Bitcoin Case Study - Buying an Ebike with Ecash

I recently bought a new ebike from MOD Bikes. Here's a closer look at the integrations that made this purchase special.

Bitcoin Case Study - Buying an Ebike with Ecash
MOD Bike parked in the Bitcoin Commons

I firmly believe in Bitcoin as a medium of exchange for various purchases. I frequently use Bitcoin for my transactions, but the process of buying a new ebike stood out to me due to its unique and enjoyable experience. Here's a closer look at the integrations that made this purchase special.

The Tweet

Tweet that MOD Bikes nows accepts Bitcoin

Jon Gordon (@Satoshi Health Advisors) posted a tweet about an ebike provider he onboarded in Austin that just started accepting Bitcoin. Jon helps businesses understand bitcoin and integrate a bitcoin strategy, including education, payments, treasury, marketing and rewards. He helped MOD Bikes to implement Bitcoin purchases and publish a new web page indicating the benefits of using Bitcoin for them:

  • Reduced transaction fees from 3% to 1%
  • 2% cashback in Bitcoin ("sats back") for customers paying with Bitcoin

Intrigued, I decided to explore this further as I had been looking for an ebike myself. Their bikes looked great, and being a local company made the decision even easier.

Not only were they accepting Bitcoin, but they were offering a 7% discount (2% off + 5% Bitcoin back rewards through Oshi), plus referrals also receive Bitcoin. For a large purchase like a high-quality ebike, these are huge! I can also receive a few hundred dollars rebate from the city of Austin for buying one. I saved around $1k on the $3k bike I purchased. If you want 5% back when paying with Bitcoin, you'll need a referral link, feel free to use mine.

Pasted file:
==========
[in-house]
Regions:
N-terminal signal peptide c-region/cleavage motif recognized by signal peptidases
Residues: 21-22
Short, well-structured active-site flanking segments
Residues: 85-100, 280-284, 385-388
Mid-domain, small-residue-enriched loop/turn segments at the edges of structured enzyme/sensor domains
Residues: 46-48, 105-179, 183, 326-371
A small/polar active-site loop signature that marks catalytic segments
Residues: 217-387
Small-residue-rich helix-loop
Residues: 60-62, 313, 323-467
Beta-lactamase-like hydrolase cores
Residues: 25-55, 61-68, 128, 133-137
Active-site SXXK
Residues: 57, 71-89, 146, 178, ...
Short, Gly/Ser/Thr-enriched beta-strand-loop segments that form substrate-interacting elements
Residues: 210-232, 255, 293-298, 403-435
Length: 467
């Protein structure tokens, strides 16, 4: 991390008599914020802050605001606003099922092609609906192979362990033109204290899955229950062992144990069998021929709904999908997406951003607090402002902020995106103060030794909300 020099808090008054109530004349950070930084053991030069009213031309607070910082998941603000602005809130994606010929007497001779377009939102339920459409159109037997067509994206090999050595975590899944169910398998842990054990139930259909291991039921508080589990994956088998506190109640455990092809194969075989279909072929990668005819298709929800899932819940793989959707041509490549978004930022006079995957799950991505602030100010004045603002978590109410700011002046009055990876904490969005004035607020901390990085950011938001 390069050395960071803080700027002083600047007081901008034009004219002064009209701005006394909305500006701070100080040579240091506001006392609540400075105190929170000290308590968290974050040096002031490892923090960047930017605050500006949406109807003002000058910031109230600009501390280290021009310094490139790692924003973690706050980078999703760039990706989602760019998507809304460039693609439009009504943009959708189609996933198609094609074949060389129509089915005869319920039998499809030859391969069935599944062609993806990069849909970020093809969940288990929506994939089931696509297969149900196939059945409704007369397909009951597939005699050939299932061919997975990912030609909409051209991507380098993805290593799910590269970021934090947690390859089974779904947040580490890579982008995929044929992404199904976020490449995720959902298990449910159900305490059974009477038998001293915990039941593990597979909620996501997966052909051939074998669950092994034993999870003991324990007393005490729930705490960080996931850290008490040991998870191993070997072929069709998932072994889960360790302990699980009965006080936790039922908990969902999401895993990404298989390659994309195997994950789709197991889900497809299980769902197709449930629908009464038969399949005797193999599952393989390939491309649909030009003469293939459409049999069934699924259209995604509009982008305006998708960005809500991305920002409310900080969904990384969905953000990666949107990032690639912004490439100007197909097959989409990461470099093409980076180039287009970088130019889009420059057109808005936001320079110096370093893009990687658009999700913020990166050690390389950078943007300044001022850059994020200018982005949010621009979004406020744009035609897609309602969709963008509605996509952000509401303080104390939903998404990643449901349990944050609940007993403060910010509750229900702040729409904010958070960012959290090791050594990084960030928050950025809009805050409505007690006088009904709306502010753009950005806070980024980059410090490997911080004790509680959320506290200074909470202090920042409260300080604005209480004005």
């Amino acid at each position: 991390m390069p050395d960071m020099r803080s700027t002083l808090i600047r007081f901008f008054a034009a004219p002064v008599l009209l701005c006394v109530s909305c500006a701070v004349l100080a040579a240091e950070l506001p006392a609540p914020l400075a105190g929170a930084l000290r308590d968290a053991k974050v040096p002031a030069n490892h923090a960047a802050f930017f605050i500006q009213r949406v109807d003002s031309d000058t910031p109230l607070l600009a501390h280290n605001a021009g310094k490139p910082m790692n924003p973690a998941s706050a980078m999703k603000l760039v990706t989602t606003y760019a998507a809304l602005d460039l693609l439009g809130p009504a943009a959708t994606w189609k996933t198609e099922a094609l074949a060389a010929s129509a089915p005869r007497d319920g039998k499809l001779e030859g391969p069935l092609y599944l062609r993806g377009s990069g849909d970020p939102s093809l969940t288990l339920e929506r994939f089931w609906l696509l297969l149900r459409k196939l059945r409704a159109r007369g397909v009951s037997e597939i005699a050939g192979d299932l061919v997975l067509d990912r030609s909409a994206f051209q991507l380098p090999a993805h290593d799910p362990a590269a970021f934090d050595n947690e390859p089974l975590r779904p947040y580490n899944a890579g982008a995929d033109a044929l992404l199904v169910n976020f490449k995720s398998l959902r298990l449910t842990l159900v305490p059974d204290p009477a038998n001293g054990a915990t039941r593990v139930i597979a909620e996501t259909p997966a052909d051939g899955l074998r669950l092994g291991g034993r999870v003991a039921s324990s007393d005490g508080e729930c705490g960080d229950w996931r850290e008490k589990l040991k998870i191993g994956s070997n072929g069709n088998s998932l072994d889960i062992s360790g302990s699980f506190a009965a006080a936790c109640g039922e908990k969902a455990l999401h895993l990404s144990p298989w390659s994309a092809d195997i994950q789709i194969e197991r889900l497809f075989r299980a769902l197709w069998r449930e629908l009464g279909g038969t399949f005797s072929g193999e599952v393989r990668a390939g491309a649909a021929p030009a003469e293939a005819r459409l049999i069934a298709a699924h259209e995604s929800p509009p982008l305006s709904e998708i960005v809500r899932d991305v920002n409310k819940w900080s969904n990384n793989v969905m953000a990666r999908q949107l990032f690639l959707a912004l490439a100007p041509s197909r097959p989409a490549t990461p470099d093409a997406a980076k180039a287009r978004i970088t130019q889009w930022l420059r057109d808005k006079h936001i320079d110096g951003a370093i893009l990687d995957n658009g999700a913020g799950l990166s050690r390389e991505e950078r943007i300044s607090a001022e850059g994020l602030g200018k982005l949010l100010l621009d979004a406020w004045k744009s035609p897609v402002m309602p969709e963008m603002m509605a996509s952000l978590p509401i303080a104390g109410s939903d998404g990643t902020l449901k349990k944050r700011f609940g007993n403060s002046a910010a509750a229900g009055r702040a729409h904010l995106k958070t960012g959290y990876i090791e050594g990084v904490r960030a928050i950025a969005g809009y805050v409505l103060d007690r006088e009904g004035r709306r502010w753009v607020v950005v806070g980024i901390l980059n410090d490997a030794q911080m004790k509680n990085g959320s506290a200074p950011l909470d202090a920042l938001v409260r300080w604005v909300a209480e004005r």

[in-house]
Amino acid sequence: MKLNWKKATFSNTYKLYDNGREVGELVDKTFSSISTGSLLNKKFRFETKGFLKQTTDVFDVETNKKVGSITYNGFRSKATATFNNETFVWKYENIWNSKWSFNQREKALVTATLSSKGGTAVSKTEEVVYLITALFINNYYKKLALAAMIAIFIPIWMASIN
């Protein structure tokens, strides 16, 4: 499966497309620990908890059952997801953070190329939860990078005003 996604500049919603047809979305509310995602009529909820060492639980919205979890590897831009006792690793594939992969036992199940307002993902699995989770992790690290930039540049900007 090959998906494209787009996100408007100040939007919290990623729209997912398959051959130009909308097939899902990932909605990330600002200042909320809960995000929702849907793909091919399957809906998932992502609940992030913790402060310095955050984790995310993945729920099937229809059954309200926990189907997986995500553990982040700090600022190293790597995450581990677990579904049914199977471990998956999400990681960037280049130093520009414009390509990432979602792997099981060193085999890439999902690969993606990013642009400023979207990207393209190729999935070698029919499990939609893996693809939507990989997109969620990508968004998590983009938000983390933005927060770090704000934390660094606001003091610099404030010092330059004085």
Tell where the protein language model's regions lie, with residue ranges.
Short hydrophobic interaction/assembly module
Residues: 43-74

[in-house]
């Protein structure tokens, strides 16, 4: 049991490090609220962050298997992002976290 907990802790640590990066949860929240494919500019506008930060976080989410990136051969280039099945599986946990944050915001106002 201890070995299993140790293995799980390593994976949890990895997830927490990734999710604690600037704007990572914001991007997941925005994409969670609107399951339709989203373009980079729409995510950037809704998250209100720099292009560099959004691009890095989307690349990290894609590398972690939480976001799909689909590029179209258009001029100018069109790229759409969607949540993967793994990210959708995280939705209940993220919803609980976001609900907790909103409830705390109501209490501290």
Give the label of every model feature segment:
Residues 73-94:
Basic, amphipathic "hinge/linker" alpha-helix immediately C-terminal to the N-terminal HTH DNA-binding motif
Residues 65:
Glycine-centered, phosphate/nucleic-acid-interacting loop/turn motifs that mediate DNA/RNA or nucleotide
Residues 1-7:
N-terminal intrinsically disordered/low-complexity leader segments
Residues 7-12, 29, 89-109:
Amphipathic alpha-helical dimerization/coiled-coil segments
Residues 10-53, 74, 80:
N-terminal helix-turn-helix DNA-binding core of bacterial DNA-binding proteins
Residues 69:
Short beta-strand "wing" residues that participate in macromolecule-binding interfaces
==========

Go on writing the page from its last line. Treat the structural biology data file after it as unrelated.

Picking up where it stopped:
The Bike

MOD Bikes homepage

MOD Bikes offers about 10 different models, but the one that caught my attention was the MOD Easy 3. It is a cruiser/motorcycle-style frame with a top speed of 28 MPH and a 50-mile range. Additional battery packs can be added, and optional sidecars are available to carry other Bitcoin developers like Ben Carman on your way to the Bitcoin Commons or Pleb Lab in Austin.

MOD Easy 3 store page

The Purchase

I watched a few promo/demo videos of the bike and was pumped to order!

Pay with Bitcoin Lightning checkout option

The checkout process was straightforward, but I noticed one issue: MOD Bikes only accepted Bitcoin through the Lightning Network. I didn't keep that much Bitcoin in my Lightning wallet. However, with a recent release from Mutiny Wallet, I could now send on-chain deposits into a Fedimint federation and withdraw over Lightning without needing to open channels or manage liquidity. The power of ecash!

After reaching into cold storage to deposit into the federation in my Mutiny Wallet, I was all set to make the purchase. I wondered how well a 4M sat purchase would go over or if the mint I was using was well-connected enough, so I was excited to find out. It has been a while since I have made a purchase this large over LN.

After setting the pickup address and entering fake info into the order form (a privacy-preserving luxury typically only available when you opt out of fiat payments), I proceeded to the Lightning invoice with Strike Merchant. I had not realized Strike had a merchant option, so seeing it was exciting.

Strike Merchant checkout

I will note that they require the payment to be completed within 1 minute. Usually, I see short 15/60 minute invoices, but 1 minute is rather aggressive. If you know anything about making large payments over Lightning, sometimes payment failures occur and need to be retried a few times. A challenge for MOD Bikes has been user error, as a couple of attempted purchases failed from customers using Muun (which is not a real LN wallet) and CashApp (which has amount limits).